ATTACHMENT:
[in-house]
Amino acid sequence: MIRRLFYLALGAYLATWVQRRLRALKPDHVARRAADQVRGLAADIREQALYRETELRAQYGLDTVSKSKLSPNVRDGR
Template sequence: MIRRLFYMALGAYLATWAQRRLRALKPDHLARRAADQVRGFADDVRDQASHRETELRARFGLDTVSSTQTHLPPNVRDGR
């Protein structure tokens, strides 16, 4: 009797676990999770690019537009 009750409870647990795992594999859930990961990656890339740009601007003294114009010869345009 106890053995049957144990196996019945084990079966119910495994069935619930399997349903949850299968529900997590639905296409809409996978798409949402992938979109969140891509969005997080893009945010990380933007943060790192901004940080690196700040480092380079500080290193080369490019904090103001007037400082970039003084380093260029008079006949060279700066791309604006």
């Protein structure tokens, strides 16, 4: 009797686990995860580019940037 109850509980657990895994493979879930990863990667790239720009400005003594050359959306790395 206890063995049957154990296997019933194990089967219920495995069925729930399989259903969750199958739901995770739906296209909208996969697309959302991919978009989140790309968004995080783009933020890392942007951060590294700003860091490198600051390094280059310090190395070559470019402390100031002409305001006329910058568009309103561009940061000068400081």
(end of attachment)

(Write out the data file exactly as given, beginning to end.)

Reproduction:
[in-house]
Amino acid sequence: MIRRLFYLALGAYLATWVQRRLRALKPDHVARRAADQVRGLAADIREQALYRETELRAQYGLDTVSKSKLSPNVRDGR
Template sequence: MIRRLFYMALGAYLATWAQRRLRALKPDHLARRAADQVRGFADDVRDQASHRETELRARFGLDTVSSTQTHLPPNVRDGR
């Protein structure tokens, strides 16, 4: 009797676990999770690019537009 009750409870647990795992594999859930990961990656890339740009601007003294114009010869345009 106890053995049957144990196996019945084990079966119910495994069935619930399997349903949850299968529900997590639905296409809409996978798409949402992938979109969140891509969005997080893009945010990380933007943060790192901004940080690196700040480092380079500080290193080369490019904090103001007037400082970039003084380093260029008079006949060279700066791309604006």
């Protein structure tokens, strides 16, 4: 009797686990995860580019940037 109850509980657990895994493979879930990863990667790239720009400005003594050359959306790395 206890063995049957154990296997019933194990089967219920495995069925729930399989259903969750199958739901995770739906296209909208996969697309959302991919978009989140790309968004995080783009933020890392942007951060590294700003860091490198600051390094280059310090190395070559470019402390100031002409305001006329910058568009309103561009940061000068400081």